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Moment of silence outside Coors Field as Atlanta victims' names are read during candle light vigil

Lighting candles outside Coors Field
Posted at 1:31 AM, Mar 21, 2021
and last updated 2021-03-21 11:50:42-04

DENVER -- A large crowd gathered outside Coors Field Saturday night to remember the victims of an Atlanta area shooting spree, at three separate massage spas.

Vigil against Violence

Of the eight people killed, six were Asian-American.

"I'm here to honor the victims who have fallen, no matter their gender, no matter their occupation," said Pasha Eve, one of the vigil's co-organizers. "It's hit very close to home for me, because I know what that fear is like to be assaulted and hurt, and not be able to do much about it."

Two young girls, who attended the rally with their parents, said it was important to be there, "to realize that we're all people, no matter what heritage we're from."

One of them began shedding tears while thinking about the victims.

"It breaks my heart to see a 10 year old to go through this," said the girl's mother. "They hear the news on TV, or on the radio, talking about 8 people, (most of them Asian-Americans) that got killed."

The candle light vigil was held across the street from a plaque memorializing the "Chinatown Riot of 1880," in an area known back then as "Hop Alley."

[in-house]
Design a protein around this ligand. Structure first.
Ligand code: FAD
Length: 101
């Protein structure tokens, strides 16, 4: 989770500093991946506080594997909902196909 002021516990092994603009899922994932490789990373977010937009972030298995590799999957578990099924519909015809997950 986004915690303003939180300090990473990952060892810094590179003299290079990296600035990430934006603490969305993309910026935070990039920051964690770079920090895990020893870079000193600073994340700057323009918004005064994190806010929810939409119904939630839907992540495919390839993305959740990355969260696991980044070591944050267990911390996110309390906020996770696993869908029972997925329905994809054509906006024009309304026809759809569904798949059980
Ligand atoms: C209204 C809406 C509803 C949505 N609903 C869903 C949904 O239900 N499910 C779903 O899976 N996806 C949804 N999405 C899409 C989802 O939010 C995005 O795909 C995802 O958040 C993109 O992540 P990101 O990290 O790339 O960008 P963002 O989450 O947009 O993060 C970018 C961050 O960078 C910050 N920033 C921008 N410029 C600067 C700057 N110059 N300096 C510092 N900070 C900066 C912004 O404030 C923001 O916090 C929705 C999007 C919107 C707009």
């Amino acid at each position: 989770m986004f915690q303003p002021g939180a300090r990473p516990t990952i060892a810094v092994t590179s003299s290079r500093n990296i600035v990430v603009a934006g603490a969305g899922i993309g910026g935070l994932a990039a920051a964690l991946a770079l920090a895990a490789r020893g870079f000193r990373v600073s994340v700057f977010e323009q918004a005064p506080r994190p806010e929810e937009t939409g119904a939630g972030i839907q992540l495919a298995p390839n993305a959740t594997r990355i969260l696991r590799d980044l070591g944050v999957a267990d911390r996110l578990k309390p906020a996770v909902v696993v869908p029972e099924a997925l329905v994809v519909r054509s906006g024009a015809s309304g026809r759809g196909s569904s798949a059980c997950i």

An illustration, provided by History Colorado, shows the October 31, 1880 anti-Chinese riot, which writer Noah Allyn said, began as a bar room brawl and ended with the mob attacking every Chinese person and business.

Anti-Chinese Riot - Oct. 31, 1880 Illustration

There was a moment of silence as the Atlanta victims' names were read aloud.

Soon Chung Park, 74; Hyun Jung Grant, 51; Yong Ae Yue, 63; Suncha Kim, 69, Delaina Ashley Yaun, 33; Paul Andre Michels, 54; Daoyou Feng, 44; and Xiaojie Tan, 49.

"I'm here with a single message," one participant said. "You cannot win if you are not fighting all forms of oppression."

Another speaker said racism is learned and can be unlearned.

She said it wasn't a black problem, or a brown problem, but an American problem, and that we have to work together to become one.